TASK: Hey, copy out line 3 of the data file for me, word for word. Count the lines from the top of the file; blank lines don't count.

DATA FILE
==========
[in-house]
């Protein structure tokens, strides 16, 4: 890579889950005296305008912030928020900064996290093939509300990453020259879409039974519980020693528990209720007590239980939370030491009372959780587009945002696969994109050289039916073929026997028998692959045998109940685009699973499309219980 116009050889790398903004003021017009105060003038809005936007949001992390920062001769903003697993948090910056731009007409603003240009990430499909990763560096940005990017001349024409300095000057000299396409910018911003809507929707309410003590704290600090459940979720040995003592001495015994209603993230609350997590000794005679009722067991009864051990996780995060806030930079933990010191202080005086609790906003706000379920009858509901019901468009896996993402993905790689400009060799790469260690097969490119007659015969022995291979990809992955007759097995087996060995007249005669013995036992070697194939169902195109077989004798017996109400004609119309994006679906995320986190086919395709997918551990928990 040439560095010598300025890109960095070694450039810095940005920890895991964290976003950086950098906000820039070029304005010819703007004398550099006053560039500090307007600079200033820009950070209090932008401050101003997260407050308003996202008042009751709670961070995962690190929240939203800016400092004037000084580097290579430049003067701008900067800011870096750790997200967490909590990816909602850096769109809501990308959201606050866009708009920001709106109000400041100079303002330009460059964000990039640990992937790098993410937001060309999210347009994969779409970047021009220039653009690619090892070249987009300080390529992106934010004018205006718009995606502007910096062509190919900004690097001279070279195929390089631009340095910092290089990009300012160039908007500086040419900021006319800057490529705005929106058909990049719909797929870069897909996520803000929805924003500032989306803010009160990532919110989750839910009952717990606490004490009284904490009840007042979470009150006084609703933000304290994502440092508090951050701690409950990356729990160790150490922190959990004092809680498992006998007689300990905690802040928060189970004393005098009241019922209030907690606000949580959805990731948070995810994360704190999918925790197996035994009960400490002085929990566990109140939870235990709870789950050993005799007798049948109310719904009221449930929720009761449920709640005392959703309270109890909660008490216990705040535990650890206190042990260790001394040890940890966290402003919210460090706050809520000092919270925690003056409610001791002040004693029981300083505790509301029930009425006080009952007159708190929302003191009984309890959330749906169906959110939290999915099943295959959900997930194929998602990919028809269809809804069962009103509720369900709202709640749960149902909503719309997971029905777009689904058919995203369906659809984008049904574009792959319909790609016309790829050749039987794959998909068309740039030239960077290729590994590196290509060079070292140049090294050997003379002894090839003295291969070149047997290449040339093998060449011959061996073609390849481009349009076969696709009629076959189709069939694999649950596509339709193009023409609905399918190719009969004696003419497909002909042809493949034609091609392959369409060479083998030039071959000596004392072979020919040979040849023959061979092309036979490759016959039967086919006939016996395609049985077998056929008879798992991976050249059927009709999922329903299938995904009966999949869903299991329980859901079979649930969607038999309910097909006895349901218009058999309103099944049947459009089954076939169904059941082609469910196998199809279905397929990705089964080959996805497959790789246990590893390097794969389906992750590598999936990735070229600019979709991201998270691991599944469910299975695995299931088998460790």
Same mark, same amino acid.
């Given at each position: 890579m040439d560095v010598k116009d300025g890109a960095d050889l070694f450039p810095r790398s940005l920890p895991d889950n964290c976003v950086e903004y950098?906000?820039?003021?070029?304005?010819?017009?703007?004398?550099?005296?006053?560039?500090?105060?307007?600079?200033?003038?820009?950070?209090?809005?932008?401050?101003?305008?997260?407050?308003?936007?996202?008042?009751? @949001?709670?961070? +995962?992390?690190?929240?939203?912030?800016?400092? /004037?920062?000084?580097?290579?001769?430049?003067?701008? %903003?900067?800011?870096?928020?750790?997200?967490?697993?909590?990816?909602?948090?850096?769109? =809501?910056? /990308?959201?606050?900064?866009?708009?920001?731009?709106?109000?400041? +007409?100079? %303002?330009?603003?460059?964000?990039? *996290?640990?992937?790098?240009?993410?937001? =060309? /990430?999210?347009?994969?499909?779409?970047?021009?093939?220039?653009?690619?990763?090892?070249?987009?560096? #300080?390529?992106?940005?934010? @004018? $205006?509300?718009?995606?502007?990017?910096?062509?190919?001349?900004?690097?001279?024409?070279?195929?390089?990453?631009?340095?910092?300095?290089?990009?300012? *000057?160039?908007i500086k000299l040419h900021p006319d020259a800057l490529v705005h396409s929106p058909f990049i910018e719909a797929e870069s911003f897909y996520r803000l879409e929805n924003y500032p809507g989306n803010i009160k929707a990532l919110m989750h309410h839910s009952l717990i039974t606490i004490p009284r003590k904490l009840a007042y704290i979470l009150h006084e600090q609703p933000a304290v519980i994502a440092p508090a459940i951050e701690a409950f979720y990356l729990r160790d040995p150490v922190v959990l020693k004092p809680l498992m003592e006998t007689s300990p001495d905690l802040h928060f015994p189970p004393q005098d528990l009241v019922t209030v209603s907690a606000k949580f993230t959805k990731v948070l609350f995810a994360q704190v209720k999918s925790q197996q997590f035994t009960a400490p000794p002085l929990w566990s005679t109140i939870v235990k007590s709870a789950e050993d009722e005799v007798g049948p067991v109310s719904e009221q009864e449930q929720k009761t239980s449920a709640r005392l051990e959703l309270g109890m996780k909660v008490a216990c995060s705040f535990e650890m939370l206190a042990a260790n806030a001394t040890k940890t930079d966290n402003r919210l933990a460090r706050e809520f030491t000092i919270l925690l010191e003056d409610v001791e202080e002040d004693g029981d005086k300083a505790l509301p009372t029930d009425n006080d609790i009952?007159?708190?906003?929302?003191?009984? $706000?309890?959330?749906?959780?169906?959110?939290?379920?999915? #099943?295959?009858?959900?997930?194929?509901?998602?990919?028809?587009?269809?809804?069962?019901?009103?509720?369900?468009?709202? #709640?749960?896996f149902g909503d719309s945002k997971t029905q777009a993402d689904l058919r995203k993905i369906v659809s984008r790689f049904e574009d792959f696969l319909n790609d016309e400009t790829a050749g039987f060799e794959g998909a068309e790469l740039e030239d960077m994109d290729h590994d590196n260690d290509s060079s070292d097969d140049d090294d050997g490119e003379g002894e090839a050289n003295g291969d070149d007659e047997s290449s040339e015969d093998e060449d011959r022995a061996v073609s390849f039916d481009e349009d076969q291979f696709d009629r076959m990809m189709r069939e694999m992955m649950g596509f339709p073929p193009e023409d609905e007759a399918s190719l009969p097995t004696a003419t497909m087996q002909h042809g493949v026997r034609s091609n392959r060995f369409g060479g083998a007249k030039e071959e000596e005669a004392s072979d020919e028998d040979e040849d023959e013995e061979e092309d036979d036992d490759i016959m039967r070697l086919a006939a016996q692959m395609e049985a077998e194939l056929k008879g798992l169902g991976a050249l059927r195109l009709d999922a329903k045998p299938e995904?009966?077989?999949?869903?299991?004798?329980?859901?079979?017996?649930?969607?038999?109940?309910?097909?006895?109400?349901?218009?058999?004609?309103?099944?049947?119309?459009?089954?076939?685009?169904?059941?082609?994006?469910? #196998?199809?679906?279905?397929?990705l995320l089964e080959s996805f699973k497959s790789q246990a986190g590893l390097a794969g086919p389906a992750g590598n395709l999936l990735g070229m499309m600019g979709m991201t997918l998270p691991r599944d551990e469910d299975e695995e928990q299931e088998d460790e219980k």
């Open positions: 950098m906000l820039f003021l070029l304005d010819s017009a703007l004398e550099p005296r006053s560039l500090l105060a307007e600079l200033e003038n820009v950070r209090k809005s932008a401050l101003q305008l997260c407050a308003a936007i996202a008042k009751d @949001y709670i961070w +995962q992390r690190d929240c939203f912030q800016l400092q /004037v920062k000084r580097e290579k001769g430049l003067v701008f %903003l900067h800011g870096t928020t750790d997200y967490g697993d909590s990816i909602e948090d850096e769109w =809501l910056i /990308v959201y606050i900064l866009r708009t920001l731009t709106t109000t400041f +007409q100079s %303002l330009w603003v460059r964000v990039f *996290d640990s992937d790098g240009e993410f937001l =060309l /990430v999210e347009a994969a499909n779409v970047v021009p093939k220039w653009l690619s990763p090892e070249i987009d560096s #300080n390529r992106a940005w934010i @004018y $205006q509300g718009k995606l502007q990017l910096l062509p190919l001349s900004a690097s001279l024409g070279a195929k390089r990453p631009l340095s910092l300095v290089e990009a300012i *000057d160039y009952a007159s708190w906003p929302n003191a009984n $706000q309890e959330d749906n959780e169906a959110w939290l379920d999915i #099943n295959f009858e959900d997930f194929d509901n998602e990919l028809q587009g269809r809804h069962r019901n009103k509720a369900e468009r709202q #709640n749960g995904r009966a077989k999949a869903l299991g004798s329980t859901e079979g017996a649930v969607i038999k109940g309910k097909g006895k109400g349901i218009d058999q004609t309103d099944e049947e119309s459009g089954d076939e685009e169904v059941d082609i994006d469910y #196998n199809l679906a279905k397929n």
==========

Same mark, same amino acid.